Cookies help us deliver our Services. By using our Services, you agree to our use of cookies. Learn More.

The Most Expensive Movie Flops In History

Movies take a staggering amount of money to make, to the point that a budget below $50 million (that's a "50" with six zeros after it) is considered mid- or even low-budget. It usually works out in the end, since movies also make a staggering amount of money, but not all movies are so lucky. Here are some of the most expensive movie flops in the history of cinema, ranked without adjustments for inflation.

The Adventures of Pluto Nash (2002)

It might be hard to imagine now, but there was a time when Eddie Murphy's presence in a movie was basically a cheat code to box office success. The man made Trading Places, Coming to America, and even The Nutty Professor a success, and his stand-up movies were also incredibly popular. Those days were over long before The Adventures of Pluto Nash arrived. Still, the high concept sounded great—"Eddie Murphy as Han Solo" could have been a slam dunk. The movie just didn't connect with audiences, however, earning back only $7.1 million of its reported $100 million budget.

It's not hard to see why the film fared so poorly. It's (to put it mildly) a complete mess for everyone involved—mediocre special effects, a confusing and unfunny script, and a nonsensical future setting. Hoping that a science-fiction comedy could be successfully anchored purely on Eddie Murphy's ability to attract a crowd was a big gamble, and ultimately that $100 million budget was too much to wager.

Stealth (2005)

You might not recognize Rob Cohen by name, but you almost certainly remember his movies—or their star, Vin Diesel. Cohen directed both The Fast and the Furious and XXX, which makes him at least partly responsible for the Vin Diesel era we're currently living in. That couldn't save him, however, when Stealth flopped, potentially spelling the end of Cohen's major movie career.

The movie follows a group of trained Air Force pilots as they try to take down a corrupted AI-controlled jet, and reads more like a science-fiction parody of Top Gun than the guileless, masculine-driven tone of Cohen's more successful movies. It grossed $76 million, but the price tag of $135 million meant it needed to bring in a lot more than that. Maybe with Diesel on board it might have fared better; as it is, Stealth seems to have snuck by moviegoers.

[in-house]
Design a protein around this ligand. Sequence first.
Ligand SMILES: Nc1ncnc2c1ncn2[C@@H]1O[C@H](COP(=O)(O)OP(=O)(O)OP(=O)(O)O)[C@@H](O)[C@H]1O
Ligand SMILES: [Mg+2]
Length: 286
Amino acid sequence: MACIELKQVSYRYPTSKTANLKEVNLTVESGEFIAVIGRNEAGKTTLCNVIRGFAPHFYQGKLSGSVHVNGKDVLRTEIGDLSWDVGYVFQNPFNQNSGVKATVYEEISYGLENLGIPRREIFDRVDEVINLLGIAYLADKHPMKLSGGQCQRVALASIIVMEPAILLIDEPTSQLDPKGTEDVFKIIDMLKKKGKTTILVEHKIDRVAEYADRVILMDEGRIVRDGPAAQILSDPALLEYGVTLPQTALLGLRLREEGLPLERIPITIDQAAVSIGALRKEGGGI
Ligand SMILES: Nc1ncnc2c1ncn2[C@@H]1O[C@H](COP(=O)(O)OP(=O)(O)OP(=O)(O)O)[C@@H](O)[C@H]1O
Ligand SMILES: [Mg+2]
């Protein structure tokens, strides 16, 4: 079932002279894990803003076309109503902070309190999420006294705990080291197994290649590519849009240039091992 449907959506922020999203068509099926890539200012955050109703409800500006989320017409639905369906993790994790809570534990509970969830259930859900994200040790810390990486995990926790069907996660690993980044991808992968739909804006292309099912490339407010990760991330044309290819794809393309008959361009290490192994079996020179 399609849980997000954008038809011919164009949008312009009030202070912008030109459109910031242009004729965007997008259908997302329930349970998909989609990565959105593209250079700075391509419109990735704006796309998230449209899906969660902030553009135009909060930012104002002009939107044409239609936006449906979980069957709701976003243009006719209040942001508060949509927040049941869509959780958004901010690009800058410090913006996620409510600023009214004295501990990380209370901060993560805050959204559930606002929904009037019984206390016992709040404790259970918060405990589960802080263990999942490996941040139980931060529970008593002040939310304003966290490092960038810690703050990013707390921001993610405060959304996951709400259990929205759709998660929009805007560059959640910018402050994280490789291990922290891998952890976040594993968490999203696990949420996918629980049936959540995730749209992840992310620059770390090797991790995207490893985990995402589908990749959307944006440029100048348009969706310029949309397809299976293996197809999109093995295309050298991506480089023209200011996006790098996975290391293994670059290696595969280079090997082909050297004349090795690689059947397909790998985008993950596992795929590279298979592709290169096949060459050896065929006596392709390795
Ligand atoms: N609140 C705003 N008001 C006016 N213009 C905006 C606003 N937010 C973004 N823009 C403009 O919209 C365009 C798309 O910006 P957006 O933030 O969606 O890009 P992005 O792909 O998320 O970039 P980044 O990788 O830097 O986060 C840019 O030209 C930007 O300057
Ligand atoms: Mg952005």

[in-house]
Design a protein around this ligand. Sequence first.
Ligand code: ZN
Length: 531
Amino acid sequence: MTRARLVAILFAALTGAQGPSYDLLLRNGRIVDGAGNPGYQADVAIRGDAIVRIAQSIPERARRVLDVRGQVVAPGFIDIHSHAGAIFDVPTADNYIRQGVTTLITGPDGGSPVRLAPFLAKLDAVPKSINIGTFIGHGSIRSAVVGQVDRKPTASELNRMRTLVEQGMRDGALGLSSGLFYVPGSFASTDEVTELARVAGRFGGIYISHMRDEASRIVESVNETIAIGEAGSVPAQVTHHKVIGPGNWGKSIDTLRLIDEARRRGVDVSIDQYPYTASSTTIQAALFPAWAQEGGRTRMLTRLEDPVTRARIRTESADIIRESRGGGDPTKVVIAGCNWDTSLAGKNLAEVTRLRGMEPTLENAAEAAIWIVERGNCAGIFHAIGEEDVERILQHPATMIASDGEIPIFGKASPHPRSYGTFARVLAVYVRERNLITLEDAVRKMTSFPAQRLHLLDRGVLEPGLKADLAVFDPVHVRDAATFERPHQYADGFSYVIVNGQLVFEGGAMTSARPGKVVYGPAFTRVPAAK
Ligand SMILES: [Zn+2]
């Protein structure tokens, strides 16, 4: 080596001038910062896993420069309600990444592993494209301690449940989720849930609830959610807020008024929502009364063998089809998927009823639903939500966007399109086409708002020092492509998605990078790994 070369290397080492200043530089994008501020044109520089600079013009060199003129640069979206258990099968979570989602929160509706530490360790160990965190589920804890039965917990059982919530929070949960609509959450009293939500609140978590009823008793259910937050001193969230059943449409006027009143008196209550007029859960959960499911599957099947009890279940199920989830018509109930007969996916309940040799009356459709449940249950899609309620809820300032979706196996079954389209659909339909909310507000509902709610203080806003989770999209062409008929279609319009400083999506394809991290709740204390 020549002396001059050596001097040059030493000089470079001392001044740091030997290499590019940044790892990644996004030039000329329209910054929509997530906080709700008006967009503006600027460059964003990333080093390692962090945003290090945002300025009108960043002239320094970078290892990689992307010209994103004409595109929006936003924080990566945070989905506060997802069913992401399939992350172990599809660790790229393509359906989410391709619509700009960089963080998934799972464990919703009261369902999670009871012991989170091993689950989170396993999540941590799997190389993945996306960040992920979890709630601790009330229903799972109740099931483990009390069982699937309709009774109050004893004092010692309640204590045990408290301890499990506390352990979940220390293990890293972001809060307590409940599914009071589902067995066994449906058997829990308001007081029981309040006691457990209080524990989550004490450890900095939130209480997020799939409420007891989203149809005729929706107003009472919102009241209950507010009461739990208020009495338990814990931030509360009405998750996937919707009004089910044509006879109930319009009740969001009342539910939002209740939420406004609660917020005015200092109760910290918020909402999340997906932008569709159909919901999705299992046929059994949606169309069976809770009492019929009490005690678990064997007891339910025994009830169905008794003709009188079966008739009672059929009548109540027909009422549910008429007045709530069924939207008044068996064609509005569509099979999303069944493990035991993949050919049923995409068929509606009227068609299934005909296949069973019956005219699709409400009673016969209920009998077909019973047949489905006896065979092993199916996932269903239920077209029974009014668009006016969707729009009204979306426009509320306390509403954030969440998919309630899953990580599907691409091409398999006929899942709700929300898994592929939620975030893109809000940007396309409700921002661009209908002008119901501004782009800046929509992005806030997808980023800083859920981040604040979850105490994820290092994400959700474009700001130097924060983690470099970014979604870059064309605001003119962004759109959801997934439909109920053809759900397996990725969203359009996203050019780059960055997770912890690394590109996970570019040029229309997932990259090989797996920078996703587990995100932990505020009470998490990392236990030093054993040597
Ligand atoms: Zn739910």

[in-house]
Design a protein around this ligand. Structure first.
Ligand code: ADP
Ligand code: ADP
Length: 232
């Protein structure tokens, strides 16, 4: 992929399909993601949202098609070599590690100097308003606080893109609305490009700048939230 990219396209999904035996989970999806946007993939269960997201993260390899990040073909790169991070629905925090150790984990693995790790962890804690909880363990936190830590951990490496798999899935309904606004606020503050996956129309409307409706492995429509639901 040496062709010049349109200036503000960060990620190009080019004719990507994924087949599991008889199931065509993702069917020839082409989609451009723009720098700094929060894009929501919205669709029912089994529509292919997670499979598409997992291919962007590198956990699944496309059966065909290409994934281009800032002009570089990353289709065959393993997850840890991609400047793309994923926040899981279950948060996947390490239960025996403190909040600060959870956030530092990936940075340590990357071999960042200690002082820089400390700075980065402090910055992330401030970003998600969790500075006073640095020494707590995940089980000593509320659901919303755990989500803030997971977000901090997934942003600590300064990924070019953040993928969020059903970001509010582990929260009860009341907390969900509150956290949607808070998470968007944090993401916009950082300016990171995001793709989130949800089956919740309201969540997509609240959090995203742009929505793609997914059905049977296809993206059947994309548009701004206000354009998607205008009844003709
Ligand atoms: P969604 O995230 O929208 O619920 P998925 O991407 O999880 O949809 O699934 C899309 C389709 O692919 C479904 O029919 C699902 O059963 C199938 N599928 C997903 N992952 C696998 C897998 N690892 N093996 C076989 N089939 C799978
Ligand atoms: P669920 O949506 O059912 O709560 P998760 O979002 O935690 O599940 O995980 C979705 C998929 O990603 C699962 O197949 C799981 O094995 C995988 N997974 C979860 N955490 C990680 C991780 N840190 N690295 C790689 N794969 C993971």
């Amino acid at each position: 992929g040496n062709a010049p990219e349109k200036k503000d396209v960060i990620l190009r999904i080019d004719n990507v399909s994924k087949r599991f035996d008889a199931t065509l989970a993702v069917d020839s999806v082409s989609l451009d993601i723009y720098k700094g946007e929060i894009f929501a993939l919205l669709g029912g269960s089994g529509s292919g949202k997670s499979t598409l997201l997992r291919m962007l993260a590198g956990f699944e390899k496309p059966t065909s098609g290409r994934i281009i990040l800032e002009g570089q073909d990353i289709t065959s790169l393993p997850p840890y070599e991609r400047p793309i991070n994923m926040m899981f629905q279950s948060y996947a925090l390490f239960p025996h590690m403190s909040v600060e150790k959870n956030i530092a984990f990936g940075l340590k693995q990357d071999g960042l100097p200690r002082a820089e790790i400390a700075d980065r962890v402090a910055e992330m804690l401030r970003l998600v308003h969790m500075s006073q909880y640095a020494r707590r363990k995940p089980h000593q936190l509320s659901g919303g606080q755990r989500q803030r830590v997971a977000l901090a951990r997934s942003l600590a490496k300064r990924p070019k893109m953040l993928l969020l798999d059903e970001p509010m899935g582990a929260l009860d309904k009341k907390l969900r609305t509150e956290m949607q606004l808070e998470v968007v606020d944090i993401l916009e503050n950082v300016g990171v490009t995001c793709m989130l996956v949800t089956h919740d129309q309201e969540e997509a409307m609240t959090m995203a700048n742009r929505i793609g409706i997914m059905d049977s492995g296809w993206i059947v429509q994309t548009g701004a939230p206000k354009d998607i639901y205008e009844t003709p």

Sahara (2005)

Sahara looked like an attempt at recapturing the magic of Indiana Jones, but it was really an adaptation of a massively successful series of books that's also about a rugged adventurer with a quick wit and a way with women. Unfortunately for everyone involved, the built-in audience for the books didn't translate to a box office success: Sahara grossed a modest $119.3 million that wasn't enough to cover its $160 million budget.

Part of it could have just been poor timing, since the movie starred Matthew McConaughey just a few years before his star power returned in full force. Weirdly, the most surprising fact about Sahara isn't its poor box office, but rather that the writer of the series, Clive Cussler, sued the production company of the movie after the film's failure to live up to his expectations. Even the courts couldn't ultimately decide who should be legally to blame for Sahara's box office failure.

Jack the Giant Slayer (2013)

CGI-animated adaptations of children's stories have never exactly been favorite for most audiences, and Jack the Giant Slayer ended up being no different. Revisiting a fairy tale most viewers knew by heart was a risk to begin with, and director Bryan Singer's movie only scored $65 million at the domestic box office, against a $195 million budget. (It would eventually break even thanks to international returns.)

The movie's underwhelming performance at home means it's generally thought of as a box office failure—when people even think of it at all. Some critics have argued that its failure stems from an inability to combine the mature content of Singer's past films with the studio's desire to make a family-friendly franchise, but either way, the movie's budget was one giant Jack couldn't slay.

R.I.P.D. (2013)

R.I.P.D. has one of the easiest high concept pitches you can imagine. In the world of the afterlife, there's a specialized police force called the R.I.P.D. (Rest In Peace Department) that takes care of renegade spirits before they can affect the human world. It's basically Men in Black with a supernatural twist, and the casting of Ryan Reynolds as the upstart partner to Jeff Bridges' grumpy mentor seemed like a no-brainer. Unfortunately, the movie was pronounced D.O.A., barely making back $78 million of its $130 million budget.

While the failure of certain films can sometimes be attributed to poor marketing, studio interference, or even rival movie releases that are oddly similar, the blame for R.I.P.D. rests pretty entirely on the film itself—it's relentlessly unfunny. For example, there's a running gag about how R.I.P.D. agents are given illusory bodies so regular people can't see them; Reynolds' body looks like an old Chinese man, while Bridges gets a buxom blonde woman as his disguise. It also doesn't help that Bridges and Reynolds seem like they're so bored with the script that they might as well be dead. Maybe they were method acting the whole time?